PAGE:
What do customers really want?
Did Henry Ford asked people what they wanted? For sure not! Because he knew that when asking the wrong question you get the wrong answer.
What did he ask then?
– Why do you need faster horses?
– What are you and your horses transporting? (= what do you do?)
– Why are you transporting these items? (= what does success means to you)
– Do you have problems with your horses? (= your current problems on your way to success)
For the new technology (the automobile) to replace an old technology (a horse), it had to have answers to the above questions and help people be more successful.
Read the article to know the answers Henry Ford got to his questions and how the automobile displayed the old technology even though it was much more expensive to purchase.
Now we know customers don’t know what they want.
Read my previous article, “What do customers really want? Hint: They don’t know.” In that article, I shared with you my first three product management insights. Now, let’s discover the next two.
Insight 4° Customers don’t know what they want, but they do know what success means to them.
You get answers to the questions you ask. Henry Ford asked people what they wanted, and they answered ‘faster horses’. Had he asked a different question, he would have received a different answer. In B2B particularly, in order to define a future product, you need to ask questions that mainly revolve around two areas:
– What does success mean to your customers within the context of their work?
– What problems do your customers face that prevent them from being successful?
Anything you can do to increase your customers’ success, or any obstacle you can remove from their path to success, will create benefits. And value.
The vast majority of customers don’t know what they want, nor what they need. But they know very precisely what problems they face on their way to success. Ask them the right questions and you’ll uncover their real problems and how to help them be more successful. At the most basic level, customers are looking to become more successful, to do things quicker, easier and cheaper. In other words: to deliver more with less time / effort / money.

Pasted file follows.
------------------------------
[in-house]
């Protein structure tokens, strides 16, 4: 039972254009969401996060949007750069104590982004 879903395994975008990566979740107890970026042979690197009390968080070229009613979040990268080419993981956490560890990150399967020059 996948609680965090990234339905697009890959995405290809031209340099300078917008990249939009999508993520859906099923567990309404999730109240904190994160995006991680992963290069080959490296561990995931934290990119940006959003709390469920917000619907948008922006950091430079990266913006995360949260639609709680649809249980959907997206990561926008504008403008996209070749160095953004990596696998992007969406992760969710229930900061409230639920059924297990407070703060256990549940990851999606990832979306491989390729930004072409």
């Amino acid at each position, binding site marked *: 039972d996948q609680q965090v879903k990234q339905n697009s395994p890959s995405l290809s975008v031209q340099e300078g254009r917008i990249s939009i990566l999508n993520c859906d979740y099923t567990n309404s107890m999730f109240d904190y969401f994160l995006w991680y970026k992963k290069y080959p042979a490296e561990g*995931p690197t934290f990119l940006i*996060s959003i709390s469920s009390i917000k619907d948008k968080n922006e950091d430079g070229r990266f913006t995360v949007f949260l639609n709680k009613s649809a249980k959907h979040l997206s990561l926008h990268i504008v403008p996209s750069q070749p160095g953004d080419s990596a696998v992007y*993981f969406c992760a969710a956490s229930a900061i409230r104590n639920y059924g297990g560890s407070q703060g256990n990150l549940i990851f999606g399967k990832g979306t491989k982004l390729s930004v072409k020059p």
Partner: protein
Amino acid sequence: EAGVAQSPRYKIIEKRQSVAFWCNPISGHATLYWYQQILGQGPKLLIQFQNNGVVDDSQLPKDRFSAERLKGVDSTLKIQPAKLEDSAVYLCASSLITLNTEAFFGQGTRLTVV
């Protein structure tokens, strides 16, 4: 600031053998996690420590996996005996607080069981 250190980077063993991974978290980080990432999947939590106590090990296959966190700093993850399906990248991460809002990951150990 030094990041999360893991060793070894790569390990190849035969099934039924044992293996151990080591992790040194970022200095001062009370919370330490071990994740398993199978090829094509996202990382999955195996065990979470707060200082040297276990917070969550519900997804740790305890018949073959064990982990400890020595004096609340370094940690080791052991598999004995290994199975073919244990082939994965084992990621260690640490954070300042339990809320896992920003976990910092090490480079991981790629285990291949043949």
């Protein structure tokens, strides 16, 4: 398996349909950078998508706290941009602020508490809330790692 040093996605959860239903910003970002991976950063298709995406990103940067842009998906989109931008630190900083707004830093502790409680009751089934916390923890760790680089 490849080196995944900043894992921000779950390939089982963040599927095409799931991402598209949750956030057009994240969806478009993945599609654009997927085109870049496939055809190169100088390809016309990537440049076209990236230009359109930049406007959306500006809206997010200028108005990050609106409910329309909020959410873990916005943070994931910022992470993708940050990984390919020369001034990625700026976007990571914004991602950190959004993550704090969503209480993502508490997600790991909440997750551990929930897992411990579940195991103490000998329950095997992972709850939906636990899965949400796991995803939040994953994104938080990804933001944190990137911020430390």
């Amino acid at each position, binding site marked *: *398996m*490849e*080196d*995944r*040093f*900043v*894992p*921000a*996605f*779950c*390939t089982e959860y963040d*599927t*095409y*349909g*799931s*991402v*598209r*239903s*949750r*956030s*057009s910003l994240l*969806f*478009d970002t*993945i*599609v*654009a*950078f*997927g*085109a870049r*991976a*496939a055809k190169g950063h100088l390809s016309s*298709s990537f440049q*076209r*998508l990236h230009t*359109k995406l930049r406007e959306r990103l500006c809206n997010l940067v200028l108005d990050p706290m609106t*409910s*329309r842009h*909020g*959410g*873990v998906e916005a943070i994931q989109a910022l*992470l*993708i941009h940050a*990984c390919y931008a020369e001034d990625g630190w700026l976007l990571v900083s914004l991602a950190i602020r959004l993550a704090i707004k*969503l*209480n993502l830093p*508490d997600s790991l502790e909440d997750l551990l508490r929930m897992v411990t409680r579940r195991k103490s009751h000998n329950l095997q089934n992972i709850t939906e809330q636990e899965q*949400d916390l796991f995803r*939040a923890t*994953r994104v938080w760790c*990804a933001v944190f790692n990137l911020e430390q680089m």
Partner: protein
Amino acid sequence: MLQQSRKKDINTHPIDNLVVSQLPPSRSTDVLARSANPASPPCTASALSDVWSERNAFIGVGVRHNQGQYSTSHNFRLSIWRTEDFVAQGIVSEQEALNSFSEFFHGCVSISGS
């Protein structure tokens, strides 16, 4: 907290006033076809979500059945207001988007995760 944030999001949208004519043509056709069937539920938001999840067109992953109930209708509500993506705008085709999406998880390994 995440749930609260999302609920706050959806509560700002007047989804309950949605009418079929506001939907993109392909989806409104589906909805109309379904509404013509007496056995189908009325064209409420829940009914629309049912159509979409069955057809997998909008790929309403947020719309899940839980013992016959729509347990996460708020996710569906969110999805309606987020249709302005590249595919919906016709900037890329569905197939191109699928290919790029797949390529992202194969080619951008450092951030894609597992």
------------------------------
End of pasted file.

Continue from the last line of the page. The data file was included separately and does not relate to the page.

Henry Ford could have asked questions such as:
– Why do you need faster horses? He would have learned that the speed of horses was deemed sufficient in most cases, but that they got tired after 20 miles and needed breaks to rest and drink in between. So people wanted to be able to cover longer distances without pause.
– What are you and your horses transporting? People, bulk goods, fragile goods… Ford would have learned that horses have a limited weight they can pull over a long distance, typically 1,5 times their weight, and that different types of cargo require different types of chassis and suspension systems.
– Why are you transporting these items? People travel between towns, and cargo needs to be brought to the centre of towns.
– Do you have problems with your horses? Yes, I need a large stable to accommodate them as well as someone to look after them, including a veterinarian. That’s a big cost. Buying a horse is not so expensive, but keeping it healthy is.
– Finally, horses, being animals, can be unpredictable. So when delivering goods in tight and busy city streets, accidents can happen. What’s more, when one horse gets sick, I cannot work with it for some time. They’re not very reliable.
For a technology (an automobile) to replace an current technology (a horse) it had to have the following solutions to the problems above: a capacity for longer distances, without requiring breaks; lower running costs; less dangerous and more reliability. As soon as automobiles did manage to fulfil these criteria, they quickly displaced horses even though they were more expensive to purchase. Henry Ford and Steve Jobs probably knew intuitively the answers to these questions without asking; they were geniuses. But I’m not, so I rely on asking these questions.
Insight 5° A product manager is actually a translator.
The vast majority of customers can’t articulate all of these elements into a product. They need an external translator, which is your job as a product manager. Translate all their responses to your questions above into an offer they can effectively use and you’ll be delivering them value. Value they are willing to pay for. Yes, your job as a product manager is to discuss features, quality, implementation, development priorities, business cases, and more… But all of these activities support your primary role, which is to be the interpreter of what your customers need to be more successful.
How do you currently find out what your customers want?
What is your best success story? I’d love to hear from you!
Elithan Consultancy is a consultancy and interim management company that helps B2B technology
companies create, capture, position and launch customer value. Elithan Consultancy helps you make
informed and better decisions that lead to lower business risk and more positive outcomes.